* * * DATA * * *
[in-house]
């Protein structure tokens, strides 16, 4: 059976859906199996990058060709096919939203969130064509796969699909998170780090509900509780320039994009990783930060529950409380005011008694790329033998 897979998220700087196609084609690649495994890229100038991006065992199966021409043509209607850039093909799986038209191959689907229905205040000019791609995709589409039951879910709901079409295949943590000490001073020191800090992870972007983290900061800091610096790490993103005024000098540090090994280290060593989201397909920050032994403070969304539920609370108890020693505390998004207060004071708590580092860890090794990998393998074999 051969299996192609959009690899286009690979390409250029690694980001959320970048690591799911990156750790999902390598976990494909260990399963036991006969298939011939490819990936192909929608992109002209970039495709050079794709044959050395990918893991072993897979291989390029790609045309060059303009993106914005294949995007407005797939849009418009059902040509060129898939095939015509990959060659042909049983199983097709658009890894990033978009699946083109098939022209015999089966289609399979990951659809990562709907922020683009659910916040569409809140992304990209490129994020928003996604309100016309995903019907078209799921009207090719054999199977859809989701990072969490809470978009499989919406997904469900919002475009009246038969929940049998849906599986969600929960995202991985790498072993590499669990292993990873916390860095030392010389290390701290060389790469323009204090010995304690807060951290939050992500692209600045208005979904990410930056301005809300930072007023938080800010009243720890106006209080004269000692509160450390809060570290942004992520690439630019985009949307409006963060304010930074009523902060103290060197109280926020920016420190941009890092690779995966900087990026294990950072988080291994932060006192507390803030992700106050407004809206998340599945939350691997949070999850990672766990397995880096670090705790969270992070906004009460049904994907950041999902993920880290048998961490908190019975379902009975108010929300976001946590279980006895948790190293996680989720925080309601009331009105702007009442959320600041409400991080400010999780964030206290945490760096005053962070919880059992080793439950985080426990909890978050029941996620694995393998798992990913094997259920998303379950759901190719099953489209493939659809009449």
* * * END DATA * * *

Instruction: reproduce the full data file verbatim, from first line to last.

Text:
[in-house]
């Protein structure tokens, strides 16, 4: 059976859906199996990058060709096919939203969130064509796969699909998170780090509900509780320039994009990783930060529950409380005011008694790329033998 897979998220700087196609084609690649495994890229100038991006065992199966021409043509209607850039093909799986038209191959689907229905205040000019791609995709589409039951879910709901079409295949943590000490001073020191800090992870972007983290900061800091610096790490993103005024000098540090090994280290060593989201397909920050032994403070969304539920609370108890020693505390998004207060004071708590580092860890090794990998393998074999 051969299996192609959009690899286009690979390409250029690694980001959320970048690591799911990156750790999902390598976990494909260990399963036991006969298939011939490819990936192909929608992109002209970039495709050079794709044959050395990918893991072993897979291989390029790609045309060059303009993106914005294949995007407005797939849009418009059902040509060129898939095939015509990959060659042909049983199983097709658009890894990033978009699946083109098939022209015999089966289609399979990951659809990562709907922020683009659910916040569409809140992304990209490129994020928003996604309100016309995903019907078209799921009207090719054999199977859809989701990072969490809470978009499989919406997904469900919002475009009246038969929940049998849906599986969600929960995202991985790498072993590499669990292993990873916390860095030392010389290390701290060389790469323009204090010995304690807060951290939050992500692209600045208005979904990410930056301005809300930072007023938080800010009243720890106006209080004269000692509160450390809060570290942004992520690439630019985009949307409006963060304010930074009523902060103290060197109280926020920016420190941009890092690779995966900087990026294990950072988080291994932060006192507390803030992700106050407004809206998340599945939350691997949070999850990672766990397995880096670090705790969270992070906004009460049904994907950041999902993920880290048998961490908190019975379902009975108010929300976001946590279980006895948790190293996680989720925080309601009331009105702007009442959320600041409400991080400010999780964030206290945490760096005053962070919880059992080793439950985080426990909890978050029941996620694995393998798992990913094997259920998303379950759901190719099953489209493939659809009449």